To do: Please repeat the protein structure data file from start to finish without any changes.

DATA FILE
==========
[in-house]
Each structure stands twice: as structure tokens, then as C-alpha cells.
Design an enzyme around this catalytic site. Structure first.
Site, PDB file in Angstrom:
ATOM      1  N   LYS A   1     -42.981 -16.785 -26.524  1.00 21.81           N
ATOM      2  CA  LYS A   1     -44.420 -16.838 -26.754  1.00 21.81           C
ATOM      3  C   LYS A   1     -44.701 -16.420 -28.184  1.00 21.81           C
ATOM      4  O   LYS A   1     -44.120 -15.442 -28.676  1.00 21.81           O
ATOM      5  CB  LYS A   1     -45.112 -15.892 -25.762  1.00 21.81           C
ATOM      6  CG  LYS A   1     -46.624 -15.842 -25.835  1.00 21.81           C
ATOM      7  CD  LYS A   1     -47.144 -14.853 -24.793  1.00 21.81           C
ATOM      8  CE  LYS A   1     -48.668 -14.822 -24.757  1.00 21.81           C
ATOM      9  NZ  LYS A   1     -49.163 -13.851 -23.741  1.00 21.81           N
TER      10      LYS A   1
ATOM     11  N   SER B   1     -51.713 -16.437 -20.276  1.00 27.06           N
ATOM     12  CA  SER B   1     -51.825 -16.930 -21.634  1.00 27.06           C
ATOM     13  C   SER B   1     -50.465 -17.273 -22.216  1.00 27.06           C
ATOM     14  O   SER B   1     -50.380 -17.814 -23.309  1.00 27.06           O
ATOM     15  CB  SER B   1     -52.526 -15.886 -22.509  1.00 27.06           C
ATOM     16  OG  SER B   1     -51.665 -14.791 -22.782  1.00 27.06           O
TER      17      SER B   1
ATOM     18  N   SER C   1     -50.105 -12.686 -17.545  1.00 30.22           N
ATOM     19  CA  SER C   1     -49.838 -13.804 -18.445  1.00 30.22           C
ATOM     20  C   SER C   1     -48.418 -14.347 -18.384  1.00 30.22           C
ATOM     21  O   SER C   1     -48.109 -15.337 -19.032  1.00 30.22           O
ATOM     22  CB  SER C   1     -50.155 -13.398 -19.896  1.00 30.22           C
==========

[in-house]
Each structure stands twice: as structure tokens, then as C-alpha cells.
Design an enzyme around this catalytic site. Structure first.
Site, PDB file in Angstrom:
ATOM      1  N   LYS A   1     -42.981 -16.785 -26.524  1.00 21.81           N
ATOM      2  CA  LYS A   1     -44.420 -16.838 -26.754  1.00 21.81           C
ATOM      3  C   LYS A   1     -44.701 -16.420 -28.184  1.00 21.81           C
ATOM      4  O   LYS A   1     -44.120 -15.442 -28.676  1.00 21.81           O
ATOM      5  CB  LYS A   1     -45.112 -15.892 -25.762  1.00 21.81           C
ATOM      6  CG  LYS A   1     -46.624 -15.842 -25.835  1.00 21.81           C
ATOM      7  CD  LYS A   1     -47.144 -14.853 -24.793  1.00 21.81           C
ATOM      8  CE  LYS A   1     -48.668 -14.822 -24.757  1.00 21.81           C
ATOM      9  NZ  LYS A   1     -49.163 -13.851 -23.741  1.00 21.81           N
TER      10      LYS A   1
ATOM     11  N   SER B   1     -51.713 -16.437 -20.276  1.00 27.06           N
ATOM     12  CA  SER B   1     -51.825 -16.930 -21.634  1.00 27.06           C
ATOM     13  C   SER B   1     -50.465 -17.273 -22.216  1.00 27.06           C
ATOM     14  O   SER B   1     -50.380 -17.814 -23.309  1.00 27.06           O
ATOM     15  CB  SER B   1     -52.526 -15.886 -22.509  1.00 27.06           C
ATOM     16  OG  SER B   1     -51.665 -14.791 -22.782  1.00 27.06           O
TER      17      SER B   1
ATOM     18  N   SER C   1     -50.105 -12.686 -17.545  1.00 30.22           N
ATOM     19  CA  SER C   1     -49.838 -13.804 -18.445  1.00 30.22           C
ATOM     20  C   SER C   1     -48.418 -14.347 -18.384  1.00 30.22           C
ATOM     21  O   SER C   1     -48.109 -15.337 -19.032  1.00 30.22           O
ATOM     22  CB  SER C   1     -50.155 -13.398 -19.896  1.00 30.22           C